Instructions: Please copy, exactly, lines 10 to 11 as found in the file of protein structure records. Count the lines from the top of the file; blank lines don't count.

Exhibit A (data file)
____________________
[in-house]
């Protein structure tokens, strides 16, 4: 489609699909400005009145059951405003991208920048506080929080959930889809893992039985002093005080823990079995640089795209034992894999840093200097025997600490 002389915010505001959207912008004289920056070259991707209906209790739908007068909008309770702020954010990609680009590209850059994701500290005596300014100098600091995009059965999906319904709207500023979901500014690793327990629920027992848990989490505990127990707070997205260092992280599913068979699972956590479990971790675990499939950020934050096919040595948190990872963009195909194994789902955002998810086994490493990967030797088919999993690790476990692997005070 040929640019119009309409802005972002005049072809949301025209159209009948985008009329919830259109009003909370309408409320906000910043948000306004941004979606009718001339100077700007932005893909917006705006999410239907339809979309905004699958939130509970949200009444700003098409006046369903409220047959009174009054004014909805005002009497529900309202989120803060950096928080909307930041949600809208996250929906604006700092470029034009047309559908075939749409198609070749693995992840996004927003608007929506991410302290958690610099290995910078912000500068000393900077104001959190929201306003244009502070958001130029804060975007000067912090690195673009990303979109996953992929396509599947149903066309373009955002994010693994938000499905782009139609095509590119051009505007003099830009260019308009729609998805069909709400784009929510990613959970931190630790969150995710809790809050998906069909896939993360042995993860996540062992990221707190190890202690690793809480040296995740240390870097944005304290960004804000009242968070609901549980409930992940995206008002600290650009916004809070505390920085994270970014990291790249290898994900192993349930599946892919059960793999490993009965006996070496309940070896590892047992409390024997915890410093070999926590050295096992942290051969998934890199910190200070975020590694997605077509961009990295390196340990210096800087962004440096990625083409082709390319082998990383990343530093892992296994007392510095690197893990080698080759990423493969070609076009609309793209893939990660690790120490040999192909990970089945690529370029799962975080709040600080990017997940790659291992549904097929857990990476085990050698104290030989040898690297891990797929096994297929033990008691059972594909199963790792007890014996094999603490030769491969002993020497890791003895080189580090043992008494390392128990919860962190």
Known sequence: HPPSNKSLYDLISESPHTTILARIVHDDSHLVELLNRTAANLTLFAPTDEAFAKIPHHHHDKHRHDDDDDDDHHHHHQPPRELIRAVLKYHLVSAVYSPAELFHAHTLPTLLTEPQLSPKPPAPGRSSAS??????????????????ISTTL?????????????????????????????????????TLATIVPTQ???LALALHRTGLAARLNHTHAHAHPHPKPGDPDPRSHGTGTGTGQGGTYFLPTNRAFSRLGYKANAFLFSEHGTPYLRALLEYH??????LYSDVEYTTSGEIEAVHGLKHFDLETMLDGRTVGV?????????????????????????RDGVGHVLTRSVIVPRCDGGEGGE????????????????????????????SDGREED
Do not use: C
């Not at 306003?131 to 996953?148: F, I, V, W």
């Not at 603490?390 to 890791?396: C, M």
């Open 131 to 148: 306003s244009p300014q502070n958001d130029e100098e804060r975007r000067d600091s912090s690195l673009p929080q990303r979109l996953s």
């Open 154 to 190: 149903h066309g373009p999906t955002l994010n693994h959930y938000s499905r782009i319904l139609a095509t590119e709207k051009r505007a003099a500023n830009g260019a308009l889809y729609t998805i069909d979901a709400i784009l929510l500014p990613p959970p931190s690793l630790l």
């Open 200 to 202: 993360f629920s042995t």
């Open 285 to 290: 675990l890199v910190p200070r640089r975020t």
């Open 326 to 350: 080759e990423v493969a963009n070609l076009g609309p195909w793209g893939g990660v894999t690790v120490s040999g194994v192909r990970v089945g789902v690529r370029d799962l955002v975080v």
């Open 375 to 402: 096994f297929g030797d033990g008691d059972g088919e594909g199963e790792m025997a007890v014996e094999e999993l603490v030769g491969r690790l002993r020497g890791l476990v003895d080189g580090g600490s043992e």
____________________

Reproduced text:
């Open 285 to 290: 675990l890199v910190p200070r640089r975020t």
């Open 326 to 350: 080759e990423v493969a963009n070609l076009g609309p195909w793209g893939g990660v894999t690790v120490s040999g194994v192909r990970v089945g789902v690529r370029d799962l955002v975080v």